WASHINGTON -- The country's largest mortgage servicers said they had provided $26.1 billion in relief to struggling homeowners through September, half through short sales, as part of a national settlement of foreclosure problems, the deal's monitor reported Monday.
The aid has gone to more than 300,000 borrowers from March 1 to Sept. 30, for an average of about $84,385 per person, according to the Office of Mortgage Settlement Oversight, which was set up to monitor the progress of the banks.
The servicers covered by the settlement -- Bank of America Corp., JPMorgan Chase & Co., Wells Fargo & Co., Citigroup Inc. and Ally Financial Inc.-- reported completing $21.9 billion in relief to homeowners through short sales, and reduced monthly payments on first and second mortgages.
In addition, the banks said they had $4.2 billion in assistance in trial programs, the report said.
But those figures have yet to be confirmed by the settlement's monitor, former North Carolina banking commissioner Joseph A. Smith Jr.
“The relief the banks have reported is encouraging,” he said. “But it is important to remember that no obligations will be met until I have reviewed, confirmed and credited them."
The payments are part of a complex, $25-billion agreement reached in February to settle federal and state foreclosure abuse investigations.
But the amount of reported homeowner relief doesn't mean banks have fulfilled their requirement. Banks get less than a dollar's worth of credit for each dollar of relief.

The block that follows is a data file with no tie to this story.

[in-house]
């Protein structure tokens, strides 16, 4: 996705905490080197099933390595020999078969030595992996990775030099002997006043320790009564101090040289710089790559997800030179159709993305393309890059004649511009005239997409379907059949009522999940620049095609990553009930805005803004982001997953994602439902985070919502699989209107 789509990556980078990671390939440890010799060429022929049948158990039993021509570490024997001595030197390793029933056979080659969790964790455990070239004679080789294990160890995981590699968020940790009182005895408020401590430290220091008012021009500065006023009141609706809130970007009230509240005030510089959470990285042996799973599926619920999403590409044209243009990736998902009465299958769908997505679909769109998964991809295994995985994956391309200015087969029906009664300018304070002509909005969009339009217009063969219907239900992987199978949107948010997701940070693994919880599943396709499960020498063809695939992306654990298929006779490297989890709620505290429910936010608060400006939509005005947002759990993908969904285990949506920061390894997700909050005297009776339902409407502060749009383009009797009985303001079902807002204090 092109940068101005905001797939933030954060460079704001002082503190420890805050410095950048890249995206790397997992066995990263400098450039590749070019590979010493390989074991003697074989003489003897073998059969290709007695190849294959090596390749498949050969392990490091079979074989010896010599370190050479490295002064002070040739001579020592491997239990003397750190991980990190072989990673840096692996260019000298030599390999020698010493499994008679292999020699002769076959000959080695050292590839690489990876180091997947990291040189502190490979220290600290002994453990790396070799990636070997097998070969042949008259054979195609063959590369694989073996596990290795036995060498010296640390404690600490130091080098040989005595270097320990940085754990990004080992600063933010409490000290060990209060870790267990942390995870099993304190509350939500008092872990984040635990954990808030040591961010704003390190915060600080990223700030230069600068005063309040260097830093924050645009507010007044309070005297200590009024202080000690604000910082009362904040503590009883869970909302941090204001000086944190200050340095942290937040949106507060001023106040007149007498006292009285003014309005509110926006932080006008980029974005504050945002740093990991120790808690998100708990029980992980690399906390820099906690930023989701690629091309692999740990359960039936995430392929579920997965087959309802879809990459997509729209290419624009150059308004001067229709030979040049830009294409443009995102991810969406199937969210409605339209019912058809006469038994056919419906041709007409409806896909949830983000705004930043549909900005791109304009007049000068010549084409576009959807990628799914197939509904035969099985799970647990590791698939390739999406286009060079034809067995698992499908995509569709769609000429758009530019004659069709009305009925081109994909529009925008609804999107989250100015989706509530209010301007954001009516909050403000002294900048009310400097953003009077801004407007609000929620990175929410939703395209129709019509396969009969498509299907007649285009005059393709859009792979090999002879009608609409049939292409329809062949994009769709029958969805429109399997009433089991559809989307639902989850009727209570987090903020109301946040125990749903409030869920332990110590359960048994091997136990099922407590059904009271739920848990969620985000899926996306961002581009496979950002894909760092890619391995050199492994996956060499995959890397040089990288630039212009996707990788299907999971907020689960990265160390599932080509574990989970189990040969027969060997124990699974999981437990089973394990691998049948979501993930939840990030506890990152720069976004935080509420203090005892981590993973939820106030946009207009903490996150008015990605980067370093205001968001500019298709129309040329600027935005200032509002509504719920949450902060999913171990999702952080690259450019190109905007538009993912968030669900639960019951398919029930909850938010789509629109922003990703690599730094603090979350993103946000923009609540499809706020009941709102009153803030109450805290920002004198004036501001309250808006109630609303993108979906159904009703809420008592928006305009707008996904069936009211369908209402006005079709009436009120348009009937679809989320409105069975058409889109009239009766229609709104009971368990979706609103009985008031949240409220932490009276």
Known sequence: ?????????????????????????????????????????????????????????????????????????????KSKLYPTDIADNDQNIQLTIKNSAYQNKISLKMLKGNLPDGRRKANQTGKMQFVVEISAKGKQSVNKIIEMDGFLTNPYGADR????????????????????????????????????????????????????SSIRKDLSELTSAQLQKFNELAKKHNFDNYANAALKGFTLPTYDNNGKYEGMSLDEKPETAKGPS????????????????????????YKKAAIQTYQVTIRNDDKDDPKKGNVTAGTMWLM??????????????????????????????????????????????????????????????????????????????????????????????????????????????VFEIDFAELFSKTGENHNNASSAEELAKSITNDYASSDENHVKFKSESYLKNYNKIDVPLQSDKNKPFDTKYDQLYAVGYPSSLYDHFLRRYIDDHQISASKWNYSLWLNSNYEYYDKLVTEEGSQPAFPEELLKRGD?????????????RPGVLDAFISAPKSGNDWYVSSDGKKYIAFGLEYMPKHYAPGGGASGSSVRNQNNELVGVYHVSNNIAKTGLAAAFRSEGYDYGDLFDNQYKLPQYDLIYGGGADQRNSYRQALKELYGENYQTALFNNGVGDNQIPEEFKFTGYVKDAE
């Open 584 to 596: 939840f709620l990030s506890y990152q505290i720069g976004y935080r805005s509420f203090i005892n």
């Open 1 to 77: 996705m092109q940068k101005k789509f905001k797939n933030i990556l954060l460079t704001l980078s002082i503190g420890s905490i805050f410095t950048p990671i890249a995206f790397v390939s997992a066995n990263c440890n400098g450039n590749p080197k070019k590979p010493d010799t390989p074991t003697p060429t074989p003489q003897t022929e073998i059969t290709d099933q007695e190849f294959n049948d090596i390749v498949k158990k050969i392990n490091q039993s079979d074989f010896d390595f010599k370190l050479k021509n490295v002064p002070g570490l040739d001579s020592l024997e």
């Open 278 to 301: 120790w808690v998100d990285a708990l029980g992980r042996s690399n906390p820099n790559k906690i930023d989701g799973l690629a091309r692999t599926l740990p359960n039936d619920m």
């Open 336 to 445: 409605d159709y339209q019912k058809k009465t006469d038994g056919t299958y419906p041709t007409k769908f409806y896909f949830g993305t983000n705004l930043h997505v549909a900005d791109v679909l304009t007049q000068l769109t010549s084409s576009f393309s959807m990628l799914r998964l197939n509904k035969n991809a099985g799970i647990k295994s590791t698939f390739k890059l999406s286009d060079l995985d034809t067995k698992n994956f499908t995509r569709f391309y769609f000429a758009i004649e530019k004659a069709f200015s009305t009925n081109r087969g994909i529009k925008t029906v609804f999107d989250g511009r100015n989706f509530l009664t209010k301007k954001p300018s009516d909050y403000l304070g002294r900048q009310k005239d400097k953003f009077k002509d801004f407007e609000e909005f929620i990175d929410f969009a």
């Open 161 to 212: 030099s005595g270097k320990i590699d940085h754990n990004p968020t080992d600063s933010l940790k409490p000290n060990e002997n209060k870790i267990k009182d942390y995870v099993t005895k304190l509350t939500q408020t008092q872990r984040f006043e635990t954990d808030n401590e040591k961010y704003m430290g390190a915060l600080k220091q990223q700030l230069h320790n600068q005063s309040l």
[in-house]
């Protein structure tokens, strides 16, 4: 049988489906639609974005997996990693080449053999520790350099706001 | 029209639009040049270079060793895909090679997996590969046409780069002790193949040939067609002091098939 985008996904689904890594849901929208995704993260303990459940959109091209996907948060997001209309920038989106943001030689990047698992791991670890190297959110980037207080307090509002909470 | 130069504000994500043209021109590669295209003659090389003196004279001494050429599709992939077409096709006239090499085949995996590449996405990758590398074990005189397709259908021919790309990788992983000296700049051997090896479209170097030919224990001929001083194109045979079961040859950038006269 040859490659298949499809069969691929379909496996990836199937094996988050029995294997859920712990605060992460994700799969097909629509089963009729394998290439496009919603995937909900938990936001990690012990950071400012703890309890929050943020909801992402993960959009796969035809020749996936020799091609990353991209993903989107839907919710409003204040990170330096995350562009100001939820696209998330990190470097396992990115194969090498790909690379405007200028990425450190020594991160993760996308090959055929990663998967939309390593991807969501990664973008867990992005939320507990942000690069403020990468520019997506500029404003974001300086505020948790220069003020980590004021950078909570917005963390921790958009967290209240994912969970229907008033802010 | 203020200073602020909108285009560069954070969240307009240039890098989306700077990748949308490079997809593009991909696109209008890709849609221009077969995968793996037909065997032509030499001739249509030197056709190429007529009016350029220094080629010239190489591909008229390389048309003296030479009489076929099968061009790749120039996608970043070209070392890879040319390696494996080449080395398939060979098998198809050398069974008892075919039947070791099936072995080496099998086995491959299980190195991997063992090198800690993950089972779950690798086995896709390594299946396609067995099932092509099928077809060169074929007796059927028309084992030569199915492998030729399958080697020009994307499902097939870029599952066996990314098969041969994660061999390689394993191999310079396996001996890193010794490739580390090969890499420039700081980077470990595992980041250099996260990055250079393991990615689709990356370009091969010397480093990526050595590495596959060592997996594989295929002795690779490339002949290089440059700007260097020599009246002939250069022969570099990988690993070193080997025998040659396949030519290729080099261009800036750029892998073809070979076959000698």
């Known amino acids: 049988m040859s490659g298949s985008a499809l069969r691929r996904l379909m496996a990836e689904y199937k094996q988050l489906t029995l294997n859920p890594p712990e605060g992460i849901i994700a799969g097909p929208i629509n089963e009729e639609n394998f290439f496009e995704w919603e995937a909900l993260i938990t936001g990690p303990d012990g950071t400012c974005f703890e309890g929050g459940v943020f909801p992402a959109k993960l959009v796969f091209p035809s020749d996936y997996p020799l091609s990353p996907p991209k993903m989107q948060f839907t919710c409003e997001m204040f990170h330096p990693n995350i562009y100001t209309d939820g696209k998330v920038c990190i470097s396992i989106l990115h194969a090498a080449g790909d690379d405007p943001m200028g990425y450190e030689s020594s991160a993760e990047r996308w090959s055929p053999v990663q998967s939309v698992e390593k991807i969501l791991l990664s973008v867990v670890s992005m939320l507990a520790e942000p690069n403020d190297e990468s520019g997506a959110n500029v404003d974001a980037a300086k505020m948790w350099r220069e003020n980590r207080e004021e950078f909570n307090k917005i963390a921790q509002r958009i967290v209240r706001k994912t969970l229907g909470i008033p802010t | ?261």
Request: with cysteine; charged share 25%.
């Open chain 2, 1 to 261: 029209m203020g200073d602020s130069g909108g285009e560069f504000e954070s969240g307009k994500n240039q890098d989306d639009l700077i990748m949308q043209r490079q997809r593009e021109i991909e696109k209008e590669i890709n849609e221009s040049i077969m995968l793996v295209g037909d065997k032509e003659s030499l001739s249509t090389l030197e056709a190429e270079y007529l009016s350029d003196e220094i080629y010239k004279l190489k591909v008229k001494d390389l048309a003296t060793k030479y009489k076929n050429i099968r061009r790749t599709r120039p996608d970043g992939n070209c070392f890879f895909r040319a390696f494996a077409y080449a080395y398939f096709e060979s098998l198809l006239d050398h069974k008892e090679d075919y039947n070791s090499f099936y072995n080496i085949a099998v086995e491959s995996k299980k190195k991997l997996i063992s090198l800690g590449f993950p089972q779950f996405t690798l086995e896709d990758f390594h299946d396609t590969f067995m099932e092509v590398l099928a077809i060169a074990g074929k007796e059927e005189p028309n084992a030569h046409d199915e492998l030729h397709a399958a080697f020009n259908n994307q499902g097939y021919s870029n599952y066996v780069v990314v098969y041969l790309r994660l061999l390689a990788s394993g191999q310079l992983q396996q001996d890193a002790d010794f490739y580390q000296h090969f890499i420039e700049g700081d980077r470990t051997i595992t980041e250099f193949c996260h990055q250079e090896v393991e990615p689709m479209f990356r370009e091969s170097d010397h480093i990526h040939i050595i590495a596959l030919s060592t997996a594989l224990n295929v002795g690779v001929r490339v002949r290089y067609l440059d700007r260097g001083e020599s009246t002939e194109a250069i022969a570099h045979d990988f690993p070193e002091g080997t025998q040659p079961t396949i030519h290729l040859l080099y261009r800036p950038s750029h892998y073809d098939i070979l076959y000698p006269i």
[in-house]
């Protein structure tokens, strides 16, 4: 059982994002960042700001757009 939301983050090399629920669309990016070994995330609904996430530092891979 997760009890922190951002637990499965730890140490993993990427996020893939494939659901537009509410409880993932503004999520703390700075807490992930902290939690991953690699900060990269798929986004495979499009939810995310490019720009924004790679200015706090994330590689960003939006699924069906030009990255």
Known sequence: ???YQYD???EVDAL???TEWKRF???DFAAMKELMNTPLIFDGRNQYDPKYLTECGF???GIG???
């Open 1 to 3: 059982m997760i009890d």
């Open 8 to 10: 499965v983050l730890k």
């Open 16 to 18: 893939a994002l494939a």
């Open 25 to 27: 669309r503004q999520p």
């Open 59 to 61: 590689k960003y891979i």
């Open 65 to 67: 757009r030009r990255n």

The credits vary. For example, each dollar forgiven in a short sale is worth a 45-cent credit if the bank owns the loan and 20 cents if investors hold it. Under the settlement, 60% of relief must come through principal reductions that keep people in their homes.
The national monitor has not yet calculated the credits for the banks' reported relief.
But so far, half of the aid nationally -- 50.2% -- has been in the form of forgiven mortgage balances through short sales.
The figure is higher in California. About 68% of the $8.4 billion in relief extended to the state's homeowners has been through short sales, according to UC Irvine law professor Katherine Porter, who was appointed by the California attorney general's office to monitor the deal.
The national report had somewhat different figures. It reported $8.9 billion in relief for California homeowners, with about 66% of that in short sales. It could not immediately be determined why the figures were different.